Popular Art and Culture
by Dr. William D. Romanowski
o Artistic Vision of Reality
o Willing Suspension of Disbelief
o Cultural Mandate
o Film as Map of Reality
o Cultural Discernment
A. Cinema has a powerful influence on our lives
B. Christians ought to participate faithfully
C. Four questions to pursue in trying to understand
and evaluate film and other popular art forms:
1. How do artists go about constructing a
vision of life? And how do they communicate
these life visions in popular artworks?
2. What roles do the popular arts play in our lives and society?
3. How do films play with our emotions and thoughts and get us to transfer
interpretations to the real world?
4. Finally, how should audiences, and in particular Christian audiences,
go about engaging and evaluating popular art?
II. What is popular art?
A. Popular arts distinguished from high culture
in late 19th century
1. Educated and elite-high culture
2. Working-class-emerging popular arts
3. High arts belonged to the social elite, while
popular arts appealed to the working class
B. Nature of popular art
1. Provided different and equally valid artistic experiences
2. Considered amusement, making it invalid to critique
3. Entertain, inform and shape our lives
4. Popular arts v. entertainment
5. Both forceful and controversial
6. Play an important role in our public discourse
III. The world behind a work of art
A. Willing suspension of disbelief
1. We experience real physiological responses
2. We allow the projections to take us to another world
B. The screen is a kind of barrier
1. Separates us from the world the film portrays
2. Screens the filmic world from the audience
3. The screen is a space
C. The film is an artistic vision of reality
1. Every artist has a life vision that permeates
his or her work.
2. The world behind a work of art is the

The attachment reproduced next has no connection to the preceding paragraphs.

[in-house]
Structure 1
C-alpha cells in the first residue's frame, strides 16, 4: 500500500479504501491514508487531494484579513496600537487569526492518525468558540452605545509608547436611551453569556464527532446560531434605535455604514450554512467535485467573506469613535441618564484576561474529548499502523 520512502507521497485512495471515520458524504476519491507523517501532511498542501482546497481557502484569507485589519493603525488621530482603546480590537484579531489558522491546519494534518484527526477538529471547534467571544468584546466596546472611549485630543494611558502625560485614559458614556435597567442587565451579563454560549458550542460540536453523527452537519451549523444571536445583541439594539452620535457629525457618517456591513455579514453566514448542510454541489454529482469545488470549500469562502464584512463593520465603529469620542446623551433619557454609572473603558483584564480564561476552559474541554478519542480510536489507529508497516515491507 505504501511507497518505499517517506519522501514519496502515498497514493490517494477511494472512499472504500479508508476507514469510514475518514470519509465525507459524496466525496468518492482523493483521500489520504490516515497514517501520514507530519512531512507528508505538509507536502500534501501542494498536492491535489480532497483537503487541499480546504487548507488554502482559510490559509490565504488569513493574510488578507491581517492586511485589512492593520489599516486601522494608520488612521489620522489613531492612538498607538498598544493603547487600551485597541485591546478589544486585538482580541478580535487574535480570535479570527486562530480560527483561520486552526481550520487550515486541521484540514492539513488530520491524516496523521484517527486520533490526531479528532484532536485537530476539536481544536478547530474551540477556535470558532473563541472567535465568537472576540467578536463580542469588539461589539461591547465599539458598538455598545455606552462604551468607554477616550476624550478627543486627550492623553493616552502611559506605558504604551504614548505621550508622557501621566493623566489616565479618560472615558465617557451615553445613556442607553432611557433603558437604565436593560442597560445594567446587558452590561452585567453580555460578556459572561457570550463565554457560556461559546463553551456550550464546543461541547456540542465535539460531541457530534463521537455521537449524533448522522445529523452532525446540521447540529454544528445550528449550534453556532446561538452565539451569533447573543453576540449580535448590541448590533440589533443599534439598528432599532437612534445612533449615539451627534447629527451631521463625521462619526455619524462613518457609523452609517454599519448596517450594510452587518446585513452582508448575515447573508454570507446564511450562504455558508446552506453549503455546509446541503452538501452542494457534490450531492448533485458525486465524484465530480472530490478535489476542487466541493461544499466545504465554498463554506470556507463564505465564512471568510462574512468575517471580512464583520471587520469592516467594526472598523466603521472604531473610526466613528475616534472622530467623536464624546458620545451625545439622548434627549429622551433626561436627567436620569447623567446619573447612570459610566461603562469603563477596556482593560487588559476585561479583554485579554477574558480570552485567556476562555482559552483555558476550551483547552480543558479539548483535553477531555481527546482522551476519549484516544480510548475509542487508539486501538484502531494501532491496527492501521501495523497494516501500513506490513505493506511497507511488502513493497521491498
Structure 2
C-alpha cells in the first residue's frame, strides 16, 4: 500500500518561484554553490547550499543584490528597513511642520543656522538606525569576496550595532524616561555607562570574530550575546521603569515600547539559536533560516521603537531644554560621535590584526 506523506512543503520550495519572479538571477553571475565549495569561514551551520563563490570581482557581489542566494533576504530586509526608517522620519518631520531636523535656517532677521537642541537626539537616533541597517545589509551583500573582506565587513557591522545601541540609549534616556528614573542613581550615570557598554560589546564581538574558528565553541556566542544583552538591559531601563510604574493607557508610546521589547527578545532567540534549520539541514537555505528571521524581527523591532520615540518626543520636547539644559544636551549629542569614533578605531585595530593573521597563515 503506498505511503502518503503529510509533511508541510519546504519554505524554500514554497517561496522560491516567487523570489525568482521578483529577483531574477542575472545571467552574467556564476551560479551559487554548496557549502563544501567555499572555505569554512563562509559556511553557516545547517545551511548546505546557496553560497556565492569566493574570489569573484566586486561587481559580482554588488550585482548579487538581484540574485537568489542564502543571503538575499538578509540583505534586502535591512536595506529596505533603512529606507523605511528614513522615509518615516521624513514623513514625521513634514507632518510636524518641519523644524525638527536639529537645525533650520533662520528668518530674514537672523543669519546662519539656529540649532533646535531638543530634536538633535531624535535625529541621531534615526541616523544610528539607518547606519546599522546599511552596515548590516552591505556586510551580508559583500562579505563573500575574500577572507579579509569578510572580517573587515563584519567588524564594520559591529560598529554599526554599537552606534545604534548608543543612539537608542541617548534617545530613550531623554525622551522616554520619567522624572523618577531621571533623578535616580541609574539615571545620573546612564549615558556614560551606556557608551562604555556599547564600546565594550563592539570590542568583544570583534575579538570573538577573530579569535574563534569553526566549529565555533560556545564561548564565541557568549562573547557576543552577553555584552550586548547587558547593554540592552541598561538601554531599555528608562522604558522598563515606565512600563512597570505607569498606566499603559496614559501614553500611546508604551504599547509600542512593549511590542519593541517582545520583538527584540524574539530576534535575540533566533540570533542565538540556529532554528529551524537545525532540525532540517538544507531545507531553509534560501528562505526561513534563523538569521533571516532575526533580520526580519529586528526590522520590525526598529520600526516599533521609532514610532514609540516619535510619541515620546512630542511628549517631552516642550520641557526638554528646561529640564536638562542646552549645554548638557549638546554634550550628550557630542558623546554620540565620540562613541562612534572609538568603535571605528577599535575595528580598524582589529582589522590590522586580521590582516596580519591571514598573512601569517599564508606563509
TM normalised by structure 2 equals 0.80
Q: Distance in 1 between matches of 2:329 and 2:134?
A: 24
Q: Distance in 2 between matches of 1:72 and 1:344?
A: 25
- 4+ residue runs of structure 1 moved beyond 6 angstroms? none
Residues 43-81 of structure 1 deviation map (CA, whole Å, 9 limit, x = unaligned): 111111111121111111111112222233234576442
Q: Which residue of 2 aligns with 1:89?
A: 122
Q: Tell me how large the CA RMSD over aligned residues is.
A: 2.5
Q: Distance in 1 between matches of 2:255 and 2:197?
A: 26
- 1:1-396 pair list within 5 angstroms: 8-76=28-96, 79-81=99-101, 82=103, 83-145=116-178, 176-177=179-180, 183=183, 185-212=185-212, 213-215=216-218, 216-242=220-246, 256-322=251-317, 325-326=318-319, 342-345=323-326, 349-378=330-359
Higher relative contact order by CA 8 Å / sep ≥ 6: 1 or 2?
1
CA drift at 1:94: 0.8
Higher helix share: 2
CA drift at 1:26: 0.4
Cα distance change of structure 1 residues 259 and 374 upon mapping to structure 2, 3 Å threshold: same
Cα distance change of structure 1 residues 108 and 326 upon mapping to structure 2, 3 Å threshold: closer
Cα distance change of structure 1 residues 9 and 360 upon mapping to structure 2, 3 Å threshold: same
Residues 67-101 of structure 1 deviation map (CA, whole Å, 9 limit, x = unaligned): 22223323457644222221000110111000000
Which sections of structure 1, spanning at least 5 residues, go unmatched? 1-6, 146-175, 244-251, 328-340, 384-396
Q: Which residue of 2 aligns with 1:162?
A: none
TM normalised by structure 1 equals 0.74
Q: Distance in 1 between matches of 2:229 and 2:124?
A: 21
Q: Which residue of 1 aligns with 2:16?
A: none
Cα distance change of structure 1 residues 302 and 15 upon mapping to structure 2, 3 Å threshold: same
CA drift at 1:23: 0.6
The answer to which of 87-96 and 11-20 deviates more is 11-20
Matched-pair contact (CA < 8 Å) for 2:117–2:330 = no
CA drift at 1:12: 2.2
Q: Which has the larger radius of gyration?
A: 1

"system of shared meanings" called culture
1. The way that we define and live in God's world
2. Following the "cultural mandate"
3. A kind of master plan for living
4. People share common ways of interpreting
their experience and guiding their behavior
IV. Film represents a cultural system
A. Film is a map of reality
1. Stories, symbols, images and metaphors that depict cultural values
and assumptions, behavioral norms, social and gender roles
2. "Equipment for living" that help or hinder our
navigation of life
3. Meanings are woven into storylines making them almost invisible to
the untrained eye
o "Rags to riches" examples of Erin Brockovich
and Billy Elliot (and countless others)
V. Cultural roles for popular art
A. Communicating culture
B. Social and cultural criticism
C. Social unity
D. Collective memory
Note: These are good purposes that God brought into
existence for the popular arts. Christians cannot ignore these purposes
if they want popular art and music to
serve God, the church and the larger human community.
A. Delight in engaging popular art as a Christian
B. What insights can we bring to an analysis of the worlds presented
to us in popular artworks, which are really imaginative representations
of life in God's world?